A high school's blackface disaster: Why our teenagers are still doing this

After a group of teen girls stir controversy, the high school says, "There's nothing racial about it"

By Mary Elizabeth Williams
Published November 20, 2014 6:43PM (EST)
       (<a href='http://www.istockphoto.com/profile/laborer'>Laborer</a> via <a href='http://www.istockphoto.com/'>iStock</a>)
(Laborer via iStock)

So maybe you somehow didn't get the memo about blackface. Maybe you missed the Julianne Hough Halloween debacle last year, or never knew about Ted Danson's infamous gaffe a generation ago. Well, here it is: Probably a good idea to not do it.

In a terribly misguided episode of mass ignorance, a dozen teenage girls – make that a dozen Caucasian teenage girls -- appeared at a recent Missouri powder-puff football game in pink T-shirts and charcoal colored faces.

The incident, which occurred two weeks ago, went largely unremarked until photos from the game began appearing on social media. Sullivan High School principal Jennifer Schmidt admitted to Riverfront Times this week that her initial reaction to the girls' appearance was, "Oh my gosh," but then she thought, "Oh, they don't mean anything by it. Just let it go. No one thinks anything of it." Now, she says, "Evidently, someone did." She says the girls have since been "very embarrassed and shocked at some of the responses they've gotten, because I think some people had some stuff on Facebook and got the wrong intention." Because who could get the wrong idea from a bunch of photographs of white people with their faces aggressively darkened? In 2014? In a town just 60 miles from St. Louis?

As Schmidt explains it, the senior girls traditionally wear face paint for the tournament, in a satiric nod to the eye black grease that football players wear, and "to intimidate the underclassmen." She says they usually wear a combination of black and gold – the school's colors – but before the game they discovered they had no gold and just stuck with black. "So that's what they wore," she says. "There was nothing racial about it."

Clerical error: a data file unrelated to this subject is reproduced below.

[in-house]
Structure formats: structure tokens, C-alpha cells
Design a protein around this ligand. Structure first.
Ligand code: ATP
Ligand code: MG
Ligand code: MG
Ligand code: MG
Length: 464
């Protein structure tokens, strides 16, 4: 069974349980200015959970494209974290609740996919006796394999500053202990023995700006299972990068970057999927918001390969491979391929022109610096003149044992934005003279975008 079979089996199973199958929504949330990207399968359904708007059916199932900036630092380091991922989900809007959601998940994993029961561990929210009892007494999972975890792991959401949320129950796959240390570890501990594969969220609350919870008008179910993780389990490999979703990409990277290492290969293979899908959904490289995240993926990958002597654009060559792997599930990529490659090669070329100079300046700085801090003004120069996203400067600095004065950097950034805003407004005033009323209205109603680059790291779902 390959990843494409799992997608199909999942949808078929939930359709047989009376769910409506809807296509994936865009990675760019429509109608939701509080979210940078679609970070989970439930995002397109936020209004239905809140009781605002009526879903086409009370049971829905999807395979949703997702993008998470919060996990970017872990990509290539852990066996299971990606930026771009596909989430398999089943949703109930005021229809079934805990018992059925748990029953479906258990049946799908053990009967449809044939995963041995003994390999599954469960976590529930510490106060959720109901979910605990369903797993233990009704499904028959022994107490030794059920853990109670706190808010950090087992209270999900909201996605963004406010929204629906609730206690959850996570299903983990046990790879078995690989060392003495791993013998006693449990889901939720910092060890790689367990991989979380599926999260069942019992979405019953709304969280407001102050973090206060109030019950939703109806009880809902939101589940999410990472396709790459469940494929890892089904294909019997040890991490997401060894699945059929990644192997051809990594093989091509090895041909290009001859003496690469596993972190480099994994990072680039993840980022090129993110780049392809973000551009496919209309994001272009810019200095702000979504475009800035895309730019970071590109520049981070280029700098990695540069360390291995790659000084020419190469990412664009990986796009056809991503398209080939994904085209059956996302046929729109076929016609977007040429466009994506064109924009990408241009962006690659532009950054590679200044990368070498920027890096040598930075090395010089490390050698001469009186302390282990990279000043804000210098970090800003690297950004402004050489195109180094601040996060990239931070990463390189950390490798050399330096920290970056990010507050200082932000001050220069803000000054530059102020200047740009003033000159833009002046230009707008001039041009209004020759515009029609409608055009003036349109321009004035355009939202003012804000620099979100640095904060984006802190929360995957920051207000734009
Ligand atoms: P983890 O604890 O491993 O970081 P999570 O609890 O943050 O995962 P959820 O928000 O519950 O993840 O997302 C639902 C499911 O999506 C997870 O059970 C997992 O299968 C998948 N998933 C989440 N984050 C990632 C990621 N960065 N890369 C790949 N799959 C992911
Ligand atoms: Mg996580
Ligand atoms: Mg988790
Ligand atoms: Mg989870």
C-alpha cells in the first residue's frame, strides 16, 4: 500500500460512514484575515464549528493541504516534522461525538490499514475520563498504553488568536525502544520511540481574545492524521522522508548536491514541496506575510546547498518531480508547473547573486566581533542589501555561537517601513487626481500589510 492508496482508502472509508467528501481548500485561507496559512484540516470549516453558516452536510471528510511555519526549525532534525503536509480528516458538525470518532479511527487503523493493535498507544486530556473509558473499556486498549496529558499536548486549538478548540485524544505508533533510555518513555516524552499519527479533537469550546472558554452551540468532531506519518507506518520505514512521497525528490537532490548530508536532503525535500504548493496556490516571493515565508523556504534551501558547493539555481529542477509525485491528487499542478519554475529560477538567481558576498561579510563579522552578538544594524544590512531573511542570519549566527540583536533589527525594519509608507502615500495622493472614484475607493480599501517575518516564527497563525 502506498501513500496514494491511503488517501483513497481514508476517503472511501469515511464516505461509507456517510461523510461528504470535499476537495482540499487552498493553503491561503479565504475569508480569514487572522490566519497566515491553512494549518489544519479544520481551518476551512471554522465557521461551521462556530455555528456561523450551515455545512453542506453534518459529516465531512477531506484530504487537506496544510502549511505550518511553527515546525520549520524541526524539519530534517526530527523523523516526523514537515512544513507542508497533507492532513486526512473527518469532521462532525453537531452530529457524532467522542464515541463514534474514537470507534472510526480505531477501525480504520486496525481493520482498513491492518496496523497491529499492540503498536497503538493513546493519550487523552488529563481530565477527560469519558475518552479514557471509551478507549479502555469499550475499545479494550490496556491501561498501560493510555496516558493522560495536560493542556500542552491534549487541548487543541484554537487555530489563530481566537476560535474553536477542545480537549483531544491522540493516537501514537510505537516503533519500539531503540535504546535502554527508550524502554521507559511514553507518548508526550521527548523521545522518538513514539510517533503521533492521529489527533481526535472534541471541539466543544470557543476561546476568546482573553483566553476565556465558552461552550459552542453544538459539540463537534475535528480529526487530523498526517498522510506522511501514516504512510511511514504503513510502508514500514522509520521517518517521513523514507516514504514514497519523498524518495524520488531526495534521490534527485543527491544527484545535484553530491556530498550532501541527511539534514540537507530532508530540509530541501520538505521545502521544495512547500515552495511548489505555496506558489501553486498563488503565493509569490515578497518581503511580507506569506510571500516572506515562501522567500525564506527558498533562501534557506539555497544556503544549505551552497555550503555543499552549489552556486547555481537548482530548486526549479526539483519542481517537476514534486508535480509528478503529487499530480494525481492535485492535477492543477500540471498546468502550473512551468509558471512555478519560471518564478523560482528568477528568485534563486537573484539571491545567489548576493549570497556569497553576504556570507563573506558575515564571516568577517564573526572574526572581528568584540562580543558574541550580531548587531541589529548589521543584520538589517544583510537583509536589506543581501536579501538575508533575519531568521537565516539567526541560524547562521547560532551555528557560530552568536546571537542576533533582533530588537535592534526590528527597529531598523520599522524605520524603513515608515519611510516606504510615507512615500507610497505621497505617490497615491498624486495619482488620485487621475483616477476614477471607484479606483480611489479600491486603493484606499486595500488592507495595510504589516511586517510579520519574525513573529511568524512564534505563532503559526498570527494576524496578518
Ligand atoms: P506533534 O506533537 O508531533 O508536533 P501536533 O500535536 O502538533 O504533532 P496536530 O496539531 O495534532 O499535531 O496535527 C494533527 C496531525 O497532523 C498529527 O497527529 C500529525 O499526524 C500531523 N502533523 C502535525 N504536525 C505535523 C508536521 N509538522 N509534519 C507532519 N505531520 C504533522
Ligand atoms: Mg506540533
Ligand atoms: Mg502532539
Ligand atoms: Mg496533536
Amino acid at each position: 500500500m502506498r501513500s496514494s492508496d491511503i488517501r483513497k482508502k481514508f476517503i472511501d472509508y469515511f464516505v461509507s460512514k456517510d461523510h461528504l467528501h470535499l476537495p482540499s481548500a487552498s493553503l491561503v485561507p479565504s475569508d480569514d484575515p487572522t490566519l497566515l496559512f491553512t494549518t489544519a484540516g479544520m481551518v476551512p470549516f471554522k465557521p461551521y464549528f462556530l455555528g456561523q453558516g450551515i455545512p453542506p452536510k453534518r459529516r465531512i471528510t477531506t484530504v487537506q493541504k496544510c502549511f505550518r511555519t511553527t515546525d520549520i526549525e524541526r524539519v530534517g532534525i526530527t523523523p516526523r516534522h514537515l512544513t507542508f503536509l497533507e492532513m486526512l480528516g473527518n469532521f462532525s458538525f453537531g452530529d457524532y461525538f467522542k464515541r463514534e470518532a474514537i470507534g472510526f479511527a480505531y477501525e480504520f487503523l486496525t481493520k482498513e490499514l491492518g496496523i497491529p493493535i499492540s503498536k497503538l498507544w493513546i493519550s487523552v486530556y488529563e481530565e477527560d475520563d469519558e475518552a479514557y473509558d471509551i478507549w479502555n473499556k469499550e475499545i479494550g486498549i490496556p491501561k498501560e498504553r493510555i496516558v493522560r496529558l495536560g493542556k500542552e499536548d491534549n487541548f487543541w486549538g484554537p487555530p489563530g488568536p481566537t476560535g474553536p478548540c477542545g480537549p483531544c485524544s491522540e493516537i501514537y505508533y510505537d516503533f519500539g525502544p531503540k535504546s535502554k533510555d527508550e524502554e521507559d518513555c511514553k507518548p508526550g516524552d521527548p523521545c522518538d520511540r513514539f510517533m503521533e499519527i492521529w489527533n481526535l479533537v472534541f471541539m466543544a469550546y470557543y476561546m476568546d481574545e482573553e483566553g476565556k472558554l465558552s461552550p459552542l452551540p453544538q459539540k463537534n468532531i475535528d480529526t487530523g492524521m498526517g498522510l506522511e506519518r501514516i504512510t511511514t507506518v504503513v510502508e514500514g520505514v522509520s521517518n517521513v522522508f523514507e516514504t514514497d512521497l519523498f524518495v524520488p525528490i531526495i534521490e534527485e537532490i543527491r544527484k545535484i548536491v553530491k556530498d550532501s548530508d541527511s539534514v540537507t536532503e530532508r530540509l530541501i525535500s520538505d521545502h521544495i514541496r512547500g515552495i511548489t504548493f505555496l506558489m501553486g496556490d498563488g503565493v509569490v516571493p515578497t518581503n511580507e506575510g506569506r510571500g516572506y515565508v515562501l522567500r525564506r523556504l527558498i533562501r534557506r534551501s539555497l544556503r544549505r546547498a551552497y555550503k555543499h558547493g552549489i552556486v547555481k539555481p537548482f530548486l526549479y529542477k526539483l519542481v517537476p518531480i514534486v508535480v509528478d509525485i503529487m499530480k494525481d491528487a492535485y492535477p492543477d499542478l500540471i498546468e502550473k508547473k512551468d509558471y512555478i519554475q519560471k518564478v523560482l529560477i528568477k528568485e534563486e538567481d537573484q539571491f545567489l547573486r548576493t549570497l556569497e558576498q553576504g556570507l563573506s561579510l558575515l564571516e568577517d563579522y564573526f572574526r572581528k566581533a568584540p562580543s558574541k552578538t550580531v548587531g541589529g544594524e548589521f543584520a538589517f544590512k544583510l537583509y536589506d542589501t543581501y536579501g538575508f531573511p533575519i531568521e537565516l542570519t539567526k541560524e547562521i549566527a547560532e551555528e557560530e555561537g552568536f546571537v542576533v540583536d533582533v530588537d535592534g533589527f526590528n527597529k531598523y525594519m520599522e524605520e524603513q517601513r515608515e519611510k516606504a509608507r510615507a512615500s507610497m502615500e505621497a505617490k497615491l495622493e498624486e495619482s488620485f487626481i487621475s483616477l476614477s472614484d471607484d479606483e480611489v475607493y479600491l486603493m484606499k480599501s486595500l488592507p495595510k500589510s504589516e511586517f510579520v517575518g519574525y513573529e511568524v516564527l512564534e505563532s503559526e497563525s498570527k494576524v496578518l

I believe Schmidt when she says that in her mind, the students "don't mean anything by it" when they cover their faces in black paint, just like I believe Rosetta mission scientist Dr. Matt Taylor had no malice in his heart toward women when he wore a shirt covered in sexy ladies. That's the way privilege works. It looks at itself and its own experience as the criteria for what's normal and acceptable, and doesn't pause to consider that other people, with other experiences, may find something insensitive or hurtful. It's not necessarily intentionally mean; it's just not terribly interested in trying even a little harder. It naively chooses not to see the distinctions between, say, an actress playing Elphaba, the Blue Man Group and blackface. It doesn't bother to consider the historic baggage attached to one and not the others. That's why the fallout from that game may have caused some temporary embarrassment for Sullivan High, but ultimately, it can be a good thing. Because now there's no excuse for its ignorance anymore.

Mary Elizabeth Williams

Mary Elizabeth Williams is a senior writer for Salon and author of "A Series of Catastrophes & Miracles."

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